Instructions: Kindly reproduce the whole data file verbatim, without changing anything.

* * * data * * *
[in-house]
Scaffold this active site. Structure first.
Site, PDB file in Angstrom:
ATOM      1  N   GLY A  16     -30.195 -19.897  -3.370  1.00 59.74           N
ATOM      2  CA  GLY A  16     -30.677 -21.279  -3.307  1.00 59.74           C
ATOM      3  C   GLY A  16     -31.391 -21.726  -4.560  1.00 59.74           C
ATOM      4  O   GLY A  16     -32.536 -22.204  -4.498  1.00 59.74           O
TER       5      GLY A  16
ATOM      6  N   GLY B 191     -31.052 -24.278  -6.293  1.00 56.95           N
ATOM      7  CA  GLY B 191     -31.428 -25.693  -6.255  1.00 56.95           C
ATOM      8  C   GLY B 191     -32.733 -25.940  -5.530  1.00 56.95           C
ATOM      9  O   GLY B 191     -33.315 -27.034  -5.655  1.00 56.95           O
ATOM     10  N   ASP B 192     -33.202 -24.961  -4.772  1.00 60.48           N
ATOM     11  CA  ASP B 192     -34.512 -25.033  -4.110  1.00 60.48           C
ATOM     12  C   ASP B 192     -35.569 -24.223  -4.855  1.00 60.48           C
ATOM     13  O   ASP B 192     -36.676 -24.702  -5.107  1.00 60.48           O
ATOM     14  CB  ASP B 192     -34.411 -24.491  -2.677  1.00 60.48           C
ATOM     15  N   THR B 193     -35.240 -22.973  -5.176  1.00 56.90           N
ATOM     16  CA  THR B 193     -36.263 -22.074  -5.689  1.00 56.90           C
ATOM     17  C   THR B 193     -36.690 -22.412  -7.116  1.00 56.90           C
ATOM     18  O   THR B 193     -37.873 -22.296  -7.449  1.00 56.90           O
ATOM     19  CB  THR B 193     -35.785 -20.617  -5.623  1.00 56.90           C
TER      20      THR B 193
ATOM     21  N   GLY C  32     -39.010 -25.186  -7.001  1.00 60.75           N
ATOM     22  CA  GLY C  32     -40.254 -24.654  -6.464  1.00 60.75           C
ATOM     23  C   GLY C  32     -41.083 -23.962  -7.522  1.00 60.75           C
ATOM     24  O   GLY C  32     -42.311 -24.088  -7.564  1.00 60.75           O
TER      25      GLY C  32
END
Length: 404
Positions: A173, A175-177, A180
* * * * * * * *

[in-house]
Scaffold this active site. Structure first.
Site, PDB file in Angstrom:
ATOM      1  N   GLY A  16     -30.195 -19.897  -3.370  1.00 59.74           N
ATOM      2  CA  GLY A  16     -30.677 -21.279  -3.307  1.00 59.74           C
ATOM      3  C   GLY A  16     -31.391 -21.726  -4.560  1.00 59.74           C
ATOM      4  O   GLY A  16     -32.536 -22.204  -4.498  1.00 59.74           O
TER       5      GLY A  16
ATOM      6  N   GLY B 191     -31.052 -24.278  -6.293  1.00 56.95           N
ATOM      7  CA  GLY B 191     -31.428 -25.693  -6.255  1.00 56.95           C
ATOM      8  C   GLY B 191     -32.733 -25.940  -5.530  1.00 56.95           C
ATOM      9  O   GLY B 191     -33.315 -27.034  -5.655  1.00 56.95           O
ATOM     10  N   ASP B 192     -33.202 -24.961  -4.772  1.00 60.48           N
ATOM     11  CA  ASP B 192     -34.512 -25.033  -4.110  1.00 60.48           C
ATOM     12  C   ASP B 192     -35.569 -24.223  -4.855  1.00 60.48           C
ATOM     13  O   ASP B 192     -36.676 -24.702  -5.107  1.00 60.48           O
ATOM     14  CB  ASP B 192     -34.411 -24.491  -2.677  1.00 60.48           C
ATOM     15  N   THR B 193     -35.240 -22.973  -5.176  1.00 56.90           N
ATOM     16  CA  THR B 193     -36.263 -22.074  -5.689  1.00 56.90           C
ATOM     17  C   THR B 193     -36.690 -22.412  -7.116  1.00 56.90           C
ATOM     18  O   THR B 193     -37.873 -22.296  -7.449  1.00 56.90           O
ATOM     19  CB  THR B 193     -35.785 -20.617  -5.623  1.00 56.90           C
TER      20      THR B 193
ATOM     21  N   GLY C  32     -39.010 -25.186  -7.001  1.00 60.75           N
ATOM     22  CA  GLY C  32     -40.254 -24.654  -6.464  1.00 60.75           C
ATOM     23  C   GLY C  32     -41.083 -23.962  -7.522  1.00 60.75           C
ATOM     24  O   GLY C  32     -42.311 -24.088  -7.564  1.00 60.75           O
TER      25      GLY C  32
END
Length: 404
Positions: A173, A175-177, A180